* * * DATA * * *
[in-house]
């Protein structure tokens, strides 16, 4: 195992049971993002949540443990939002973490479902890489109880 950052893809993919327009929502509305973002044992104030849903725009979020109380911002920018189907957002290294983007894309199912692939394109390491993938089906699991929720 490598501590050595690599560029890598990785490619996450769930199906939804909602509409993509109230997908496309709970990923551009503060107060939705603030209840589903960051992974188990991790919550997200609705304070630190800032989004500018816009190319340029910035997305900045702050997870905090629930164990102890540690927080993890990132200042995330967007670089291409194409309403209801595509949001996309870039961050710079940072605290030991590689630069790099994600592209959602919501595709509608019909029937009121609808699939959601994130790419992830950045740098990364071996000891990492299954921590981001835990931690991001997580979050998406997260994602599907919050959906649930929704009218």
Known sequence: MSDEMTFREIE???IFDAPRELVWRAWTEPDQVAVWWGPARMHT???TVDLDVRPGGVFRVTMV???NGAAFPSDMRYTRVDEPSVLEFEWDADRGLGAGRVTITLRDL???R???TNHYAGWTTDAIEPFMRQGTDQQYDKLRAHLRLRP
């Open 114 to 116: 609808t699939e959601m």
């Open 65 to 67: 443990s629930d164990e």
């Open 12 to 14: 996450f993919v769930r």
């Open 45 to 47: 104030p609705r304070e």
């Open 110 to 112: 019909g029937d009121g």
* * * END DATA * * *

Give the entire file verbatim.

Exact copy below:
[in-house]
């Protein structure tokens, strides 16, 4: 195992049971993002949540443990939002973490479902890489109880 950052893809993919327009929502509305973002044992104030849903725009979020109380911002920018189907957002290294983007894309199912692939394109390491993938089906699991929720 490598501590050595690599560029890598990785490619996450769930199906939804909602509409993509109230997908496309709970990923551009503060107060939705603030209840589903960051992974188990991790919550997200609705304070630190800032989004500018816009190319340029910035997305900045702050997870905090629930164990102890540690927080993890990132200042995330967007670089291409194409309403209801595509949001996309870039961050710079940072605290030991590689630069790099994600592209959602919501595709509608019909029937009121609808699939959601994130790419992830950045740098990364071996000891990492299954921590981001835990931690991001997580979050998406997260994602599907919050959906649930929704009218």
Known sequence: MSDEMTFREIE???IFDAPRELVWRAWTEPDQVAVWWGPARMHT???TVDLDVRPGGVFRVTMV???NGAAFPSDMRYTRVDEPSVLEFEWDADRGLGAGRVTITLRDL???R???TNHYAGWTTDAIEPFMRQGTDQQYDKLRAHLRLRP
């Open 114 to 116: 609808t699939e959601m």
């Open 65 to 67: 443990s629930d164990e």
């Open 12 to 14: 996450f993919v769930r």
């Open 45 to 47: 104030p609705r304070e």
């Open 110 to 112: 019909g029937d009121g």